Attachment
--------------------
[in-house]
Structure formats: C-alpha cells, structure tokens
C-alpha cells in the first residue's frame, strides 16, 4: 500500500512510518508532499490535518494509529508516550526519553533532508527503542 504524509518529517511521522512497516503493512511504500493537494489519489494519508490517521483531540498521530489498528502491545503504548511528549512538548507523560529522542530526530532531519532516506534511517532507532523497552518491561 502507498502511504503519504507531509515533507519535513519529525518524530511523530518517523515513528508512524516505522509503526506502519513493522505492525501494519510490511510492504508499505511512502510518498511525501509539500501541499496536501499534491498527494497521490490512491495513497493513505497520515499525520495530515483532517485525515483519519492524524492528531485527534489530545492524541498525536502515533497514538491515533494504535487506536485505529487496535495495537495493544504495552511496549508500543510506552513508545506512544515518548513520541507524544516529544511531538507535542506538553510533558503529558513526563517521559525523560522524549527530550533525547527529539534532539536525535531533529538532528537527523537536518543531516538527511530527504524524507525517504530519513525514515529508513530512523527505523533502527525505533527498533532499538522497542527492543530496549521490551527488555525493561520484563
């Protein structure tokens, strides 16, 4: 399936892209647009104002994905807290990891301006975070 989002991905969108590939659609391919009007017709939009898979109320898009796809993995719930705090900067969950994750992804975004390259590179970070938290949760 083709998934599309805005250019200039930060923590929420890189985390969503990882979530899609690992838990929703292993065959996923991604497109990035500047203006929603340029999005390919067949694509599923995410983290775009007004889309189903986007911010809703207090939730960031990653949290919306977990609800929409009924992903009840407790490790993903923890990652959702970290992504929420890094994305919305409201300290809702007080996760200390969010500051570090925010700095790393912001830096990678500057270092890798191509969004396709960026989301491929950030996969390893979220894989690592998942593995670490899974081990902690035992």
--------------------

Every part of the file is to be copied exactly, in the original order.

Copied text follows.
[in-house]
Structure formats: C-alpha cells, structure tokens
C-alpha cells in the first residue's frame, strides 16, 4: 500500500512510518508532499490535518494509529508516550526519553533532508527503542 504524509518529517511521522512497516503493512511504500493537494489519489494519508490517521483531540498521530489498528502491545503504548511528549512538548507523560529522542530526530532531519532516506534511517532507532523497552518491561 502507498502511504503519504507531509515533507519535513519529525518524530511523530518517523515513528508512524516505522509503526506502519513493522505492525501494519510490511510492504508499505511512502510518498511525501509539500501541499496536501499534491498527494497521490490512491495513497493513505497520515499525520495530515483532517485525515483519519492524524492528531485527534489530545492524541498525536502515533497514538491515533494504535487506536485505529487496535495495537495493544504495552511496549508500543510506552513508545506512544515518548513520541507524544516529544511531538507535542506538553510533558503529558513526563517521559525523560522524549527530550533525547527529539534532539536525535531533529538532528537527523537536518543531516538527511530527504524524507525517504530519513525514515529508513530512523527505523533502527525505533527498533532499538522497542527492543530496549521490551527488555525493561520484563
């Protein structure tokens, strides 16, 4: 399936892209647009104002994905807290990891301006975070 989002991905969108590939659609391919009007017709939009898979109320898009796809993995719930705090900067969950994750992804975004390259590179970070938290949760 083709998934599309805005250019200039930060923590929420890189985390969503990882979530899609690992838990929703292993065959996923991604497109990035500047203006929603340029999005390919067949694509599923995410983290775009007004889309189903986007911010809703207090939730960031990653949290919306977990609800929409009924992903009840407790490790993903923890990652959702970290992504929420890094994305919305409201300290809702007080996760200390969010500051570090925010700095790393912001830096990678500057270092890798191509969004396709960026989301491929950030996969390893979220894989690592998942593995670490899974081990902690035992």